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I am trying to use Kepler Data for Eclipsing Binaries to estimate time period, and then other parameters such as mass, eccentricity, semi-major axis, distance, etc. of the system. I want to write code in MATLAB which will use FFT. The available data has the following columns:

bjd(date) | phase | raw_flux | raw_err | corr_flux | corr_err | dtr_flux | dtr_err

Does the data require any cleaning? If I want to take the FFT of the data to find time period, which data should I use?

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  • $\begingroup$ Unless you're trying to practice with FFT or something to that effect, your proposed method to find the period is overkill. You can get that directly from the BJD and the phase data. No need to FFT the flux data. $\endgroup$ – zephyr Oct 26 '16 at 18:33
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For this, you should create a lightcurve, a graph of brightness over time, to view the data. For Kepler data, the bjd(date) column is the time in BJD. The dtr_flux stands for detrended flux, meaning that it should contain "cleaned" data.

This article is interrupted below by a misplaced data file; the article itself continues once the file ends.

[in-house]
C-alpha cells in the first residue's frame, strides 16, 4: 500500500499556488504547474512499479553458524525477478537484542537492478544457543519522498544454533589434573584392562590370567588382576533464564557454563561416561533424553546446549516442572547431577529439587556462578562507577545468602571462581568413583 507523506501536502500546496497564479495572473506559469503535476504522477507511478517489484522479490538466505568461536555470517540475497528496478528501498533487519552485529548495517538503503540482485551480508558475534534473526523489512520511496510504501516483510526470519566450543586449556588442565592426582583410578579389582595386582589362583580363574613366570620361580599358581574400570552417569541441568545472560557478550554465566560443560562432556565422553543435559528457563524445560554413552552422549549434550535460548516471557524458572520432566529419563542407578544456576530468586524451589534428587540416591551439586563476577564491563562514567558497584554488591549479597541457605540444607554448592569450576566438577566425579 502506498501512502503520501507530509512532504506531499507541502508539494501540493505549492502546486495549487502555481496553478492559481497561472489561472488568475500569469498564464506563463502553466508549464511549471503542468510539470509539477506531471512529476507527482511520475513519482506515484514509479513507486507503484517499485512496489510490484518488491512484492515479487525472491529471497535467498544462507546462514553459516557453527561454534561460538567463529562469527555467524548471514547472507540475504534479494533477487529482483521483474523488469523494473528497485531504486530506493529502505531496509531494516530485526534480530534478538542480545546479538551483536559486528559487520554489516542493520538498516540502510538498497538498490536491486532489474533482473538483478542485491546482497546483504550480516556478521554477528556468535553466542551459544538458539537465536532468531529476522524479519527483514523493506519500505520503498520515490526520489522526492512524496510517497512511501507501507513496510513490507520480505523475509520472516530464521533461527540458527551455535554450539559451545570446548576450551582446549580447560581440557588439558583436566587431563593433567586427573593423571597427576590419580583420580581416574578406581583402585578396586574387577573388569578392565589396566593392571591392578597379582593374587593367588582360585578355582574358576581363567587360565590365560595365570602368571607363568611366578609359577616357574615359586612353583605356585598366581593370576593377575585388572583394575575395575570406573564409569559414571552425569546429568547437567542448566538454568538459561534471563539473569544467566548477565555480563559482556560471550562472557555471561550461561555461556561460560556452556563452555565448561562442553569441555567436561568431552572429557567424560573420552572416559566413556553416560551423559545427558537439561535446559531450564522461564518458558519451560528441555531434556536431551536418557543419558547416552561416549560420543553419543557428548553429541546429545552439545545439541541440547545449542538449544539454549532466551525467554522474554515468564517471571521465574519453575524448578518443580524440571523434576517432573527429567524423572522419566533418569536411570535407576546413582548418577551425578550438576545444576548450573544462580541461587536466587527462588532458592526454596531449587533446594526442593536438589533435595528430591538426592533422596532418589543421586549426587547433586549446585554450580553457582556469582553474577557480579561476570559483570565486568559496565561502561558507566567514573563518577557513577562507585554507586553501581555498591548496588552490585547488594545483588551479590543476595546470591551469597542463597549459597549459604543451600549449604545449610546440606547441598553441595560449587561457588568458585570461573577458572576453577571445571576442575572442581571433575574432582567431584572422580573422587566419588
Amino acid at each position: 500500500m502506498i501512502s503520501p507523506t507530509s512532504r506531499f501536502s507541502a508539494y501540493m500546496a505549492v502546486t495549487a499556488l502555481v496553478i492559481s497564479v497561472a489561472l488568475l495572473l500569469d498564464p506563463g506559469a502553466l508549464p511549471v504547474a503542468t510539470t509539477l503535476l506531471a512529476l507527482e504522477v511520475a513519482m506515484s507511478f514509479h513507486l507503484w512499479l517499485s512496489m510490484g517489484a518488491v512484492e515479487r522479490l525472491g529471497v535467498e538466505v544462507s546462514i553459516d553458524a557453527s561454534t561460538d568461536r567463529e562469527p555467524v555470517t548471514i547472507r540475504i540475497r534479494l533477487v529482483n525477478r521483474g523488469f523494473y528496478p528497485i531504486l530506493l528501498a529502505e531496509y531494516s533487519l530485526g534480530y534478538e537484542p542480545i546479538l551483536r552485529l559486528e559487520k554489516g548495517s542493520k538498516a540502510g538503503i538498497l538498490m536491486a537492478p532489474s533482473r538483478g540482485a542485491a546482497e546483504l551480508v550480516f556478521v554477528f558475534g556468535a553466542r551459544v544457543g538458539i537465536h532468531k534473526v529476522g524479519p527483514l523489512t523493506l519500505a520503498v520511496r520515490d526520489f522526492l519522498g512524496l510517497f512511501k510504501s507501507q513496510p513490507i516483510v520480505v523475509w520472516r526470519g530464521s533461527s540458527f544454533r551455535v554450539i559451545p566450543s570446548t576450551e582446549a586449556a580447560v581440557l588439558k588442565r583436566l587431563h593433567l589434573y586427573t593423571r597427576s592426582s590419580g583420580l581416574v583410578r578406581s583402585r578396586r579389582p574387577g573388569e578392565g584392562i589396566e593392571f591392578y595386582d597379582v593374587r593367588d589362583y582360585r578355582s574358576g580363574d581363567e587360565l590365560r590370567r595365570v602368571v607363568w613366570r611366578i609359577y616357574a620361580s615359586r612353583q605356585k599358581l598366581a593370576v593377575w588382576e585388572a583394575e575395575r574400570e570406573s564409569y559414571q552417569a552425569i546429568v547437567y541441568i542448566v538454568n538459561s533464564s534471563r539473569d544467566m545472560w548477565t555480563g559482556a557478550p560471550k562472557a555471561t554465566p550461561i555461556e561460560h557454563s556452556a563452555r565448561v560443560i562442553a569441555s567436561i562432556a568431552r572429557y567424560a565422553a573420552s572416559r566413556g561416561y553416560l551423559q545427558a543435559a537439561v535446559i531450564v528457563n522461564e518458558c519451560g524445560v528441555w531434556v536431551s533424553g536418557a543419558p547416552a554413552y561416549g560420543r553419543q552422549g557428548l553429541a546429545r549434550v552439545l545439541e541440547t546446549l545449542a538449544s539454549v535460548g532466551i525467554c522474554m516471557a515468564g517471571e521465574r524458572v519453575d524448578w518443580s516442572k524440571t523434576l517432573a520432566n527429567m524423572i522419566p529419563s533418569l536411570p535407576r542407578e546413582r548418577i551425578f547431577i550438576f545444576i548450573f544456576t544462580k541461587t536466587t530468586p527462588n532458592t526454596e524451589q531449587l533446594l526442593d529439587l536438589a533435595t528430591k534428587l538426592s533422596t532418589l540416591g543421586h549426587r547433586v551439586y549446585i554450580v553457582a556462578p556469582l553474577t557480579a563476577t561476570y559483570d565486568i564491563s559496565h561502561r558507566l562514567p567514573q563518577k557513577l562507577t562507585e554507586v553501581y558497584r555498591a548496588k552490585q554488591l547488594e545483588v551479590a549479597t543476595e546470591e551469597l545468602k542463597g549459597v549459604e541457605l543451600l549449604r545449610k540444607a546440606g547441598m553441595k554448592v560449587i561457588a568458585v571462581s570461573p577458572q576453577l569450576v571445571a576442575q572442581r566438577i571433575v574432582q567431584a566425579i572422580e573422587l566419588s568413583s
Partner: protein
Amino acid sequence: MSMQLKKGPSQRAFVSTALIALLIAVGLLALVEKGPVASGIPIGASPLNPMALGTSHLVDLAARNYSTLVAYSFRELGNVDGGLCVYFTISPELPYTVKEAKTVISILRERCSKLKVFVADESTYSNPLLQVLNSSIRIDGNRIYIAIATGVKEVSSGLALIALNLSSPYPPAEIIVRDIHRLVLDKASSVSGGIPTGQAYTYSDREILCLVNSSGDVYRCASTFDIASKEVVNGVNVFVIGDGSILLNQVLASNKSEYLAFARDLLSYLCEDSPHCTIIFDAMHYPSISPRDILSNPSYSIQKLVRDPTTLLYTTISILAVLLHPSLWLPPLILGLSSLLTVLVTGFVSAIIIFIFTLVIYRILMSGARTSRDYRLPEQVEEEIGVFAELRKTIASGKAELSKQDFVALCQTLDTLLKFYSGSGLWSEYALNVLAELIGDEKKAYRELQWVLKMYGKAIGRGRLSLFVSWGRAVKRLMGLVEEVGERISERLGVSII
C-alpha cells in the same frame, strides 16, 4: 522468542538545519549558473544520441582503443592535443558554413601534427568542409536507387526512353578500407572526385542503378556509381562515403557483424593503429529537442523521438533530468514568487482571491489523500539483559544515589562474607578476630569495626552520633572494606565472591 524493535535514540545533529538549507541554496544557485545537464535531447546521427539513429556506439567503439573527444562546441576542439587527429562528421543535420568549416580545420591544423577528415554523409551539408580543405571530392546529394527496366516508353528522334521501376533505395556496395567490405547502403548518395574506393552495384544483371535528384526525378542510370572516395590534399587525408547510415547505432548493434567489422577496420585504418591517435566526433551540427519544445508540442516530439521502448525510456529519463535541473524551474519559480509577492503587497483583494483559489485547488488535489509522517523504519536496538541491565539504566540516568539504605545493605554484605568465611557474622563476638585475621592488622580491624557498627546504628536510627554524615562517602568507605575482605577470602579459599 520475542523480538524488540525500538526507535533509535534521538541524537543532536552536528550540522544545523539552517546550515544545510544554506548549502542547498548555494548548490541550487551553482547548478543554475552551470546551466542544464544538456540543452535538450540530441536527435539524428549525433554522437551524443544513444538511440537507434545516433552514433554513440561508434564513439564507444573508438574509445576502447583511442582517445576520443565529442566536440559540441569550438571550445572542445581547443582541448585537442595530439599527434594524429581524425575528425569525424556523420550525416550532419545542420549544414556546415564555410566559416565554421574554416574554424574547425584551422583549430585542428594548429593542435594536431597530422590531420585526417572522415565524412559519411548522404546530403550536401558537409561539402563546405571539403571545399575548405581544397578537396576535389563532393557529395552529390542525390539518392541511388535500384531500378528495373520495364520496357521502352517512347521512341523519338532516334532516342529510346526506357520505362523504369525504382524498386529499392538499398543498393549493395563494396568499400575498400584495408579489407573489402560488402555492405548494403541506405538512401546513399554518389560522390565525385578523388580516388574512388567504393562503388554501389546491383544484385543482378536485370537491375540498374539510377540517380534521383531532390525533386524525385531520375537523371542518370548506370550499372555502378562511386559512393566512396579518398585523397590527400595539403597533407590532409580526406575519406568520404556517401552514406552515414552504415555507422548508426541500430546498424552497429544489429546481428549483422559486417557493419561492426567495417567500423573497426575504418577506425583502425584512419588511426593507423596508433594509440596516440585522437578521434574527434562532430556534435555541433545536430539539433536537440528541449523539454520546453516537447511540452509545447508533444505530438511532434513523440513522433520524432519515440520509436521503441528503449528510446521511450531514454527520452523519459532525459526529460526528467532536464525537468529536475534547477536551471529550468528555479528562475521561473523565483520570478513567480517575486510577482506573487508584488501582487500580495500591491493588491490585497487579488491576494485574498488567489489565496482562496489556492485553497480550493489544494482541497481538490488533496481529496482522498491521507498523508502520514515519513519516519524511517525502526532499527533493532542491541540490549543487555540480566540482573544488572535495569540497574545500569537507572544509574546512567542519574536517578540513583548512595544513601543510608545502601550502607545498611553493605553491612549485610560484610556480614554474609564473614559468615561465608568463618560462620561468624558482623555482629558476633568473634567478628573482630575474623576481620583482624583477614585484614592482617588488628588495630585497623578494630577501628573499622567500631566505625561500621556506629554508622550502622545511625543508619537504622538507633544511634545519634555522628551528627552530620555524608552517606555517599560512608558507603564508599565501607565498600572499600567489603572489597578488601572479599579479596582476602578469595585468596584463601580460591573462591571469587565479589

First, I would plot the dtr_flux column over bjd(time) to obtain a lightcurve. Depending on the type of eclipsing binary, you should see a minimum and maximum dip occurring periodically. The data also contains a "phase" column, meaning the data has been "folded" to allow you to plot each cycle of the eclipsing binary on top of each other. See http://www.southampton.ac.uk/~sdc1g08/BinningFolding.html

After that, you can take the FFT if you wish. Remember that since this is an eclipsing binary with both maximum and minumum brightness dips, the FFT will have a spike both at P and P/2.

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  • $\begingroup$ So I got the plot of bjd vs dtr_flux as imgur.com/gallery/3ZFNW. I tried taking the FFT of this, but all the values are coming imaginary except the max value which is coming as 6.0836e+04. What is the problem here? $\endgroup$ – ruskin23 Oct 27 '16 at 3:52
  • $\begingroup$ @ruskin23 That is to be expected. It sounds to me like you should go back and study exactly what an FFT is and how it works to get a better understanding of your results. What's more, you should probably disclude fitting the gap in your data as that will throw off your results to some degree. $\endgroup$ – zephyr Oct 27 '16 at 14:22
  • $\begingroup$ The FFT assumes that the samples used are sampled at regular intervals. It will not work with irregularly sampled data. $\endgroup$ – Conrad Turner Oct 28 '16 at 17:00

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